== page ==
She opened the cast iron door of the oven with an old rag. First she raked out the hot coals with a small, hoe like instrument, the tragoletto. Then she swept out the remaining ash carefully with her broom, actually made of broom (ginestra covers the Umbrian hills in glorious yellow flower in May and the farmers used to cut it and bind it into broom at the end of summer when the flowers had dried and dropped). These homemade brooms were used for the bread ovens and others were used to sweep out the stalls of the rabbits, fowl, even pigs (Pino made similar brooms for us). After sweeping, she wiped the white hot bricks with a damp rag to remove any remaining ash, picked up the bread paddle which her husband Peppe had made and gracefully slid each loaf into the oven, one at a time. Mandina then closed the door and sealed it with mud, to make it carefully airtight and then went about farmyard chores while the bread baked.
After about a half-hour, she would check the bread, unsealing the door by wiping off the mud. Every farm woman "knew" her bread oven and how long it would take to bake the bread. Total baking time for Mandina' s oven was about an hour. In all the years of eating her good bread, I never encountered a loaf underdone or overcooked.
In the Mediterranean world and diet bread is not only the "staff of life", it is almost sacred. There are many superstitions associated with bread: for example, never put a loaf on the table upside down and never cut bread at the table. Bread is sliced away from the table and then the slices are put on the table (and broken when eaten, never sliced). In rural homes at table, the slices fan out over the tablecloth. I remember Mandina hugging the huge homemade loaf and then slicing with a long knife across the bread and directly towards her breast. (I used to shut my eyes tightly when she sliced, not sure the knife would stop in time!)
Bread is never, never thrown out. In the years we farmed our land here in Umbria, left-over bread was at times fed to the chickens, ducks, geese, and guinea fowl. For the ducks and geese, I would soak it in water and they greedily scooped and guzzled it. But dried bread went to the fowl only if I already had enough bread crumbs for cooking and was not about to make bruschetta (toasted bread, rubbed with garlic, sprinkled with salt and drizzled with olive oil) or panzanella (see recipe below).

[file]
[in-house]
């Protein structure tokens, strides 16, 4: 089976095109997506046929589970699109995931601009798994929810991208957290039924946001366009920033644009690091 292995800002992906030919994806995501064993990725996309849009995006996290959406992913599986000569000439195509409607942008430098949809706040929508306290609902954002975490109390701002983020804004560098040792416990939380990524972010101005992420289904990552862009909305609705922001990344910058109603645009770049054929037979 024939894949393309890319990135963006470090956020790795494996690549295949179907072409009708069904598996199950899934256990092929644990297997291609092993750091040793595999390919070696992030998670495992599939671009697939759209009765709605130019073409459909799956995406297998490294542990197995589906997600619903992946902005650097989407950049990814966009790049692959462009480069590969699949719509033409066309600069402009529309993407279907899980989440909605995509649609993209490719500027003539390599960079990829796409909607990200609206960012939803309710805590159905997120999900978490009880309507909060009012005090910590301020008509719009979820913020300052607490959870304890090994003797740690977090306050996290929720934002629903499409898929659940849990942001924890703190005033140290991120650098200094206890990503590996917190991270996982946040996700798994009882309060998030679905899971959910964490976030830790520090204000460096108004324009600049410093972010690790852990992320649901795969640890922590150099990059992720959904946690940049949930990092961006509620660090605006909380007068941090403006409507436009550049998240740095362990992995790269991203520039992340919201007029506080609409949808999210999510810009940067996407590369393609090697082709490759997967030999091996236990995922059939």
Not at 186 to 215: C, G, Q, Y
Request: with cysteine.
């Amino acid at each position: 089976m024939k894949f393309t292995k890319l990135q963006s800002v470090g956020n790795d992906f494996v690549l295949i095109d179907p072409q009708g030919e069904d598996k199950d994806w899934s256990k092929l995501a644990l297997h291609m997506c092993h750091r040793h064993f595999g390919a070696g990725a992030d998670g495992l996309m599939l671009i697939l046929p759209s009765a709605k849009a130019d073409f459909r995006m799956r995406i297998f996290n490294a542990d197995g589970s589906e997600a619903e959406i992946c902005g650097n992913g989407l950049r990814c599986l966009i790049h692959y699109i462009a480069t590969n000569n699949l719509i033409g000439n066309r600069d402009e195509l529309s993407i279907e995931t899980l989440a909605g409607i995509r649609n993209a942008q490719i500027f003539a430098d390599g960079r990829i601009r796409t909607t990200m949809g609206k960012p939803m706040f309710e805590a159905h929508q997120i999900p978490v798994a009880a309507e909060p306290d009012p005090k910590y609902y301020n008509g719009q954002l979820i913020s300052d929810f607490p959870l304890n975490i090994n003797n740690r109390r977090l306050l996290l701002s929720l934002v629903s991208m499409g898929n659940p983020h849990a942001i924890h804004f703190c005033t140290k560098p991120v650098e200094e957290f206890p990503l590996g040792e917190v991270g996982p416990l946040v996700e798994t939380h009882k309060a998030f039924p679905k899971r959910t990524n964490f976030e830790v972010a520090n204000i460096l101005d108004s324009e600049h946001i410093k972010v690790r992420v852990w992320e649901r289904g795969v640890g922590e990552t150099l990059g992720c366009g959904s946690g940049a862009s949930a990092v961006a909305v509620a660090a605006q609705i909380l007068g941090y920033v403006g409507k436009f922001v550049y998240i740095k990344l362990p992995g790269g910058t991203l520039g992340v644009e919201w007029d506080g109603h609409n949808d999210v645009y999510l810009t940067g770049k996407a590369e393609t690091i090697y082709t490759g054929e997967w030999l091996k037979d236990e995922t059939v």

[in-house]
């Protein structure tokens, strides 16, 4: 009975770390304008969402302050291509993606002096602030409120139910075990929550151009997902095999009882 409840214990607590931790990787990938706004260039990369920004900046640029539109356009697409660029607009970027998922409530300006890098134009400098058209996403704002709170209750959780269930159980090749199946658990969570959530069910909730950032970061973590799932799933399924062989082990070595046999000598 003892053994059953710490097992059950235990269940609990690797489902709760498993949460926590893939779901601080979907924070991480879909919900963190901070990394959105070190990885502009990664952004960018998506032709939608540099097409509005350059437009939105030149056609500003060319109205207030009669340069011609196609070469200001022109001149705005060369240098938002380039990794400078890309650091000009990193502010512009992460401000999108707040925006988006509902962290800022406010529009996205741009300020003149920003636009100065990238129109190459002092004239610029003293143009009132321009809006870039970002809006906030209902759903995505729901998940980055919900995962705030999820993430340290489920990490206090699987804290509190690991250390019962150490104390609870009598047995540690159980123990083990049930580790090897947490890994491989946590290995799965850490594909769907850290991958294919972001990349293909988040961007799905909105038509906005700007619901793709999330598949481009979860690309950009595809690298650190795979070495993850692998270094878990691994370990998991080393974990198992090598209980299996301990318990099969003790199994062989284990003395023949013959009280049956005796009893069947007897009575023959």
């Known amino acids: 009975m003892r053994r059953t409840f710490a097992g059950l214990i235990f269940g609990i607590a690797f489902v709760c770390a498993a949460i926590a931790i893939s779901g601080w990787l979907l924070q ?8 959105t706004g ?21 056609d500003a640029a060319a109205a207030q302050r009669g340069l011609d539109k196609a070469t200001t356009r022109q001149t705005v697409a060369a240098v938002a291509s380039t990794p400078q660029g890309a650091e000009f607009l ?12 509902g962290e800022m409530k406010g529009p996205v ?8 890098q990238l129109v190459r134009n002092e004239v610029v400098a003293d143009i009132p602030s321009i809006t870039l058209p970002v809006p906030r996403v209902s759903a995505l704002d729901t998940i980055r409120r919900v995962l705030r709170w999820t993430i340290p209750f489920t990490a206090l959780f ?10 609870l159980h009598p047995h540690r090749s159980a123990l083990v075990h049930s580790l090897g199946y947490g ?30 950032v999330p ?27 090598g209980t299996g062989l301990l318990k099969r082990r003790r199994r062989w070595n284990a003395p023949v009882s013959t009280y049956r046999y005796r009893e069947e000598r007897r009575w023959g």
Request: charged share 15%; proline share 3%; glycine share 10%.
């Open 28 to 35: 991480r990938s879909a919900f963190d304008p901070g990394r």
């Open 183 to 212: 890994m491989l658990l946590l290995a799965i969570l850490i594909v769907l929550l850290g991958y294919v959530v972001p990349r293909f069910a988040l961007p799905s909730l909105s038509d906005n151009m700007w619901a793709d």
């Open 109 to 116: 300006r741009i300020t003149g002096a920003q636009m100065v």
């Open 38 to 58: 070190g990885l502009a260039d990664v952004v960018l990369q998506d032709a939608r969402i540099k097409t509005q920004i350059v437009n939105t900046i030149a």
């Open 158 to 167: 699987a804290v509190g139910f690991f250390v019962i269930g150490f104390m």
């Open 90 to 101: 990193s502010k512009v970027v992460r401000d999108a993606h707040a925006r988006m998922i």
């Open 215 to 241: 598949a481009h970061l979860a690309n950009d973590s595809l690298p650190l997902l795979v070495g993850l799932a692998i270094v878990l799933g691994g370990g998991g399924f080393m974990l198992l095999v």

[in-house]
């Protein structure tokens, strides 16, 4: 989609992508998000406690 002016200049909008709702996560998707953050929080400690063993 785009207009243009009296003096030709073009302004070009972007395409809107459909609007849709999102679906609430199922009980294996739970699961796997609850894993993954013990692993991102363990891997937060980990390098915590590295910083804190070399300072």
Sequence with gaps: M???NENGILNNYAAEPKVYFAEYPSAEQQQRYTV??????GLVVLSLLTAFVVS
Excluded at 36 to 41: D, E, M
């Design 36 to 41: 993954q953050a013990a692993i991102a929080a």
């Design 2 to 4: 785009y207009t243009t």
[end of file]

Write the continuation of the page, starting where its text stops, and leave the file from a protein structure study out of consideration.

Panzanella is a keynote dish of cucina genuina ("genuine cooking", i.e., traditional cuisine of homegrown ingredients). Here is how we make panzanella, once considered a piatto dei poveri ( "poor man's dish" and variations on the theme are made throughout central Italy). Panzanella means "dried bread salad" (pane means "bread").
Ingredients for 4 persons:
Soak the bread in water until it softens, then squeeze all water out. Cut all vegetables into small pieces. Season with olive oil, salt and pepper, vinegar and keep in cool place (though not refrigerator) until served. Best NOT prepared ahead and refrigerated.
Variations: In the Lazio region, tomatoes and onions are omitted and capers, garlic, anchovies and parsley are pulverized together with mortar and pestle. Hot red pepper is added.
I enjoy adding new variations to the traditional panzanella (which was made only from ingredients out in the garden in the summertime): black olives, carrots, radishes, corn, even tuna. And here is a secret learned from my Sicilian mother-in-law about the use of purple onion in salads: slice finely about 20 mins before making salad and salt. This will draw out the water, "tenderize" the purple onion. Add to salad as is (and then add extra salt to salad, if needed).
© Anne Robichaud, 2006. Do not republish without permission.
This essay was first published on Anne's website www.annesitaly.com. Edited by Slow Travel.